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Jul 21, 2014

The news includes:

  • The new season of Who You Think You Are? begins on 23 July on the TLC Network.
  • Ancestry.com has recovered from the Distributed Denial of Service (DDoS) attack on 16 June 2014, and Scott Sorensen, Chief Technology Officer, assures the public that no data was compromised.
  • MyHeritage has made all of its World War I military records free to search through the end of July. They also will present their first interactive webinar highlighting their newly updated mobile app on Wednesday, 23 July 2014.
  • RootsMagic has introduced its new Weekly Tips on their blog and, you can also see these by Liking RootsMagic on Facebook and Following them there.
  • The British Newspaper Archive has recently added 240,000 new digitized newspaper pages to their subscription service.
  • Blaine Bettinger has started a new website called "How-To DNA" at http://www.howtodna.com. The site will include short instructional videos for beginners as well as presentations and webcasts for the advanced genealogists, all created and produced by DNA experts.
  • WikiTree has announced the DNA Ancestor Confirmation Aid, a tool to help genealogists confirm their ancestry.
  • Findmypast.co.uk announced that it has bought Origins.net, the vast online subscription service with more than 156 million British, Scottish, and Irish records.
  • Findmypast.co.uk announced that it has acquired Mocavo, the genealogy-focused Internet search engine.
  • Drew highlights the new and updated collections from FamilySearch that have been added in the last month.
  • The Georgia Archives, located in Morrow, Georgia, south of Atlanta, has announced that it has returned to a five-day operating week, Tuesday through Saturday.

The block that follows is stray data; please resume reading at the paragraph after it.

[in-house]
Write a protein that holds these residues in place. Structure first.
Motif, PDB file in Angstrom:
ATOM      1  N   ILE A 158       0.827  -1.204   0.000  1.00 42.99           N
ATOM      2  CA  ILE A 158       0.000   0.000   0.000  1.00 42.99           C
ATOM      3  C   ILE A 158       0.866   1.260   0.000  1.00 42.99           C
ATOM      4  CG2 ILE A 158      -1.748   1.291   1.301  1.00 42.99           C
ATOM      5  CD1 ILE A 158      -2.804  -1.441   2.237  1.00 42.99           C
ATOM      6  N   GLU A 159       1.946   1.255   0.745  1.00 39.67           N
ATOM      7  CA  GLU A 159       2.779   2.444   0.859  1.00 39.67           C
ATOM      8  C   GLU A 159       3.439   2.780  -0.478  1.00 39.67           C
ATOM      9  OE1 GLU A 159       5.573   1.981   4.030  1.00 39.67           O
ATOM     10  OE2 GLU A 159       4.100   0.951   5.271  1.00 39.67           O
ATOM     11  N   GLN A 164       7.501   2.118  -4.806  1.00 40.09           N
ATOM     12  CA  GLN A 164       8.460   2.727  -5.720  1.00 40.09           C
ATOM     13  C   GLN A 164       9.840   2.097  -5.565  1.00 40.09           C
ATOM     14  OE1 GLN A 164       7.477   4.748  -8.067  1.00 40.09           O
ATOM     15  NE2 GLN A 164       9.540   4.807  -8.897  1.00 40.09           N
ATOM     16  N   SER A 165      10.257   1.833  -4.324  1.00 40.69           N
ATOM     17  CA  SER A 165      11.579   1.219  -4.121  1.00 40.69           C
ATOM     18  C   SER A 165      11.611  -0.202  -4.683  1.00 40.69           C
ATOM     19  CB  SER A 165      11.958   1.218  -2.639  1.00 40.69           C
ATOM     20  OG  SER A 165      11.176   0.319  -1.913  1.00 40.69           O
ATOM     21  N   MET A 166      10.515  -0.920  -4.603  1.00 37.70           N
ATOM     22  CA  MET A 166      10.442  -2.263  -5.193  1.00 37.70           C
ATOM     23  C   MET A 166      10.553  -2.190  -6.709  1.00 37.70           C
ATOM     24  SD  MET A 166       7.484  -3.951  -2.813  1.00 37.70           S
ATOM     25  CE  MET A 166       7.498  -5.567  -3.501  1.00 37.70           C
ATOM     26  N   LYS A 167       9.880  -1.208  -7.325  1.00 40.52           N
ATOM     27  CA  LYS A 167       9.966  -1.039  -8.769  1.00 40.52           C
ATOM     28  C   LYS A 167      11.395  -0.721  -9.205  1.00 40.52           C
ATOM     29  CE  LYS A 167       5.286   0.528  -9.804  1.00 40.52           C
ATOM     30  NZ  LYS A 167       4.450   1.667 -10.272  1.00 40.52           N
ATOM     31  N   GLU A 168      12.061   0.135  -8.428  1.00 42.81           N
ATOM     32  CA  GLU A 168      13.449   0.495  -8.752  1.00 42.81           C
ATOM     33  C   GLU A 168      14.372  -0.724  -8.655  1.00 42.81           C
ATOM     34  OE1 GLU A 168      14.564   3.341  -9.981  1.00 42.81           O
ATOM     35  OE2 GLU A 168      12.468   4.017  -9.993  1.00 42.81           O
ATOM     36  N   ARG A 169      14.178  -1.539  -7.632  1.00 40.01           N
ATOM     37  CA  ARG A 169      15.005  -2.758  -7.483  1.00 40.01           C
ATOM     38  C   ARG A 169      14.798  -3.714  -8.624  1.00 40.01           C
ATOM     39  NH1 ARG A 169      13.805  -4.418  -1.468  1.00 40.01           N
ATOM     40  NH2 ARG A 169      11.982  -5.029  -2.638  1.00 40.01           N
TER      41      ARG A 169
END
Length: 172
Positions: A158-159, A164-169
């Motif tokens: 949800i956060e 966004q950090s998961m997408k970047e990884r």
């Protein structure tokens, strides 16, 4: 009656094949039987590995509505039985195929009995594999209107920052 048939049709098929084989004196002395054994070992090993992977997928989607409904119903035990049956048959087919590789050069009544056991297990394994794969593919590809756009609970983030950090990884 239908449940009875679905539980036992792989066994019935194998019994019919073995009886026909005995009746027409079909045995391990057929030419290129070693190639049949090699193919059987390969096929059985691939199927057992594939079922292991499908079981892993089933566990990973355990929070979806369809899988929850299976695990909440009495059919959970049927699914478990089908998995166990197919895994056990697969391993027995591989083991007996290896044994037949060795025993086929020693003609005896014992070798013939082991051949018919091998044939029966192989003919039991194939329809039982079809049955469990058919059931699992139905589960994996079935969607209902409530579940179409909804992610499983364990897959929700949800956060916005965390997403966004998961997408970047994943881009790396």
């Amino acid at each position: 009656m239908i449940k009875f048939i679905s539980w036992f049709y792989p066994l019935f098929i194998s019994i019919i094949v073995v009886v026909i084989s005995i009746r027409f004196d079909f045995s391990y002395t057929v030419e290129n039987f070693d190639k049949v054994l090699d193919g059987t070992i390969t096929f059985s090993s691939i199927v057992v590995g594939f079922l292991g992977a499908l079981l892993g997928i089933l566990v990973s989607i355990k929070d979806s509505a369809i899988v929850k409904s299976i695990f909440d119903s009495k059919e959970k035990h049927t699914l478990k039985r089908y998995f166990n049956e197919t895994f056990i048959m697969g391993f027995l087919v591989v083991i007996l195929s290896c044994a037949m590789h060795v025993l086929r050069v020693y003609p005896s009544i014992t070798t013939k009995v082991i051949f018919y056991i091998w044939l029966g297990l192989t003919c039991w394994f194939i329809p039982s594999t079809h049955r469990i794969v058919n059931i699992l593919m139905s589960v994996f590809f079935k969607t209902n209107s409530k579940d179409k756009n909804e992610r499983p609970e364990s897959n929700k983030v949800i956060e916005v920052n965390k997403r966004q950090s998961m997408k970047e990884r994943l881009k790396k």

• The South Carolina State Library is offering Digitization in a Box, a complete digitization solution, to the state's libraries to put their historic photos and documents online.
  • The Library of Congress has collected more than 4,000 family records forms and registers. These are now being made available for free download, printing, and use at http://www.loc.gov/search/?q=+family+records+and+registers.
  • The National Archives (TNA) in the UK has announced the release of digitized images for the following collections: Royal Flying Corps and Royal Air Force service records, 1899-1939; Royal Air Force combat reports, 1939-1945; Royal Air Force officers' service records, 1918-1919; Household Cavalry service records, 1799-1920.
  • It has been announced that funding in the amount of £2.2 million is to be given to Welsh museums, libraries, and archives. Part of these funds will be used for archives to open up their collections and resources to the community.
  • Ancestry.com and ProQuest have announced an expanded distribution agreement to deliver enhanced online solutions to and through libraries, including Ancestry Library Edition and HeritageQuest Online.
  • The Reference and User Services Association (RUSA), a division of the American Library Association (ALA), announced that William (Bill) Forsyth of ProQuest is the recipient of the 2014 Genealogical Publishing Company award.
  • Kirkus Reviews has named Out of Style: A Modern Perspective of How, Why and When Vintage Fashions Evolved, by Betty Kreisel Shubert as “One of the Best Books of 2013.”
  • Gavin Laboski has shared news of a new iPad app called Timeline Builder, available at https://itunes.apple.com/us/app/timeline-builder-create-design/id733989611?mt=8.

The Guys review two books of interest to genealogists:

  • Drew discusses Mind Maps for Genealogy: Enhanced Research Planning, Correlation, and Analysis, by Ron Arons.
  • George discusses The Family Tree Historical Maps Book: A State-by-State Atlas of U.S. History, 1790 – 1900, by Allison Dolan and the Editors of Family Tree Magazine.

Listener email includes:

  • Carole asks for advice about how to cite information about a child that only lived a few days and for whom there is neither a birth nor death certificate. Using the 1900 and 1910 censuses, she may be able to infer the child’s birth, and The Guys provide some suggestions.
  • Jenny wants to know how far out The Guys study and record collateral lines.